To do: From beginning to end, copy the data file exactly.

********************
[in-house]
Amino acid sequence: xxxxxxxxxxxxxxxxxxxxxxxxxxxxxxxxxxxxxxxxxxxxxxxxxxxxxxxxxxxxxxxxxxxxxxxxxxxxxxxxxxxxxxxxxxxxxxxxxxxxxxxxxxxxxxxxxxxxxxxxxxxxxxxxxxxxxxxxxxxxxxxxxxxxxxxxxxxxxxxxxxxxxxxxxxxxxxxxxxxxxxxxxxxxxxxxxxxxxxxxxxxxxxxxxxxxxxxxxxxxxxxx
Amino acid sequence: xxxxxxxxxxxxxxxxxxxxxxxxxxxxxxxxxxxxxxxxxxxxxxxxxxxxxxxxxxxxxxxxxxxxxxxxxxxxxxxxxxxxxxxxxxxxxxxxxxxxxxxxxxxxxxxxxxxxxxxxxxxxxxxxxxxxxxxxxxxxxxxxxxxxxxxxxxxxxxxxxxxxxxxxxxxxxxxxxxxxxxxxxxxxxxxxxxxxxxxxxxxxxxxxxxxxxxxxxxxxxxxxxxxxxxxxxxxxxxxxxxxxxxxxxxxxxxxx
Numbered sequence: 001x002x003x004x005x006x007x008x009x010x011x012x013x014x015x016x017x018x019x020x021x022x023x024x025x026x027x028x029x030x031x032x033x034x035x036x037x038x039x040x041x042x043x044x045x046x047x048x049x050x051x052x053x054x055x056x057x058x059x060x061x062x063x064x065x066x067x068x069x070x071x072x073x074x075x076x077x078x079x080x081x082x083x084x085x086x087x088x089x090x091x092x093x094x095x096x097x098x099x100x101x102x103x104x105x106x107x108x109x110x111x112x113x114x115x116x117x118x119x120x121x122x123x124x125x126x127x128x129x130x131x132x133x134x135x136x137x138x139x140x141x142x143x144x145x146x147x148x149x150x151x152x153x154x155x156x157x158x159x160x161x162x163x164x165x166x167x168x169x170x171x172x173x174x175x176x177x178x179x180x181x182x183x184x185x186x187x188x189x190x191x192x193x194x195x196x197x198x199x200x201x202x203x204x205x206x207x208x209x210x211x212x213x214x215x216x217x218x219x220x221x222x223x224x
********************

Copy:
[in-house]
Amino acid sequence: xxxxxxxxxxxxxxxxxxxxxxxxxxxxxxxxxxxxxxxxxxxxxxxxxxxxxxxxxxxxxxxxxxxxxxxxxxxxxxxxxxxxxxxxxxxxxxxxxxxxxxxxxxxxxxxxxxxxxxxxxxxxxxxxxxxxxxxxxxxxxxxxxxxxxxxxxxxxxxxxxxxxxxxxxxxxxxxxxxxxxxxxxxxxxxxxxxxxxxxxxxxxxxxxxxxxxxxxxxxxxxxx
Amino acid sequence: xxxxxxxxxxxxxxxxxxxxxxxxxxxxxxxxxxxxxxxxxxxxxxxxxxxxxxxxxxxxxxxxxxxxxxxxxxxxxxxxxxxxxxxxxxxxxxxxxxxxxxxxxxxxxxxxxxxxxxxxxxxxxxxxxxxxxxxxxxxxxxxxxxxxxxxxxxxxxxxxxxxxxxxxxxxxxxxxxxxxxxxxxxxxxxxxxxxxxxxxxxxxxxxxxxxxxxxxxxxxxxxxxxxxxxxxxxxxxxxxxxxxxxxxxxxxxxxx
Numbered sequence: 001x002x003x004x005x006x007x008x009x010x011x012x013x014x015x016x017x018x019x020x021x022x023x024x025x026x027x028x029x030x031x032x033x034x035x036x037x038x039x040x041x042x043x044x045x046x047x048x049x050x051x052x053x054x055x056x057x058x059x060x061x062x063x064x065x066x067x068x069x070x071x072x073x074x075x076x077x078x079x080x081x082x083x084x085x086x087x088x089x090x091x092x093x094x095x096x097x098x099x100x101x102x103x104x105x106x107x108x109x110x111x112x113x114x115x116x117x118x119x120x121x122x123x124x125x126x127x128x129x130x131x132x133x134x135x136x137x138x139x140x141x142x143x144x145x146x147x148x149x150x151x152x153x154x155x156x157x158x159x160x161x162x163x164x165x166x167x168x169x170x171x172x173x174x175x176x177x178x179x180x181x182x183x184x185x186x187x188x189x190x191x192x193x194x195x196x197x198x199x200x201x202x203x204x205x206x207x208x209x210x211x212x213x214x215x216x217x218x219x220x221x222x223x224x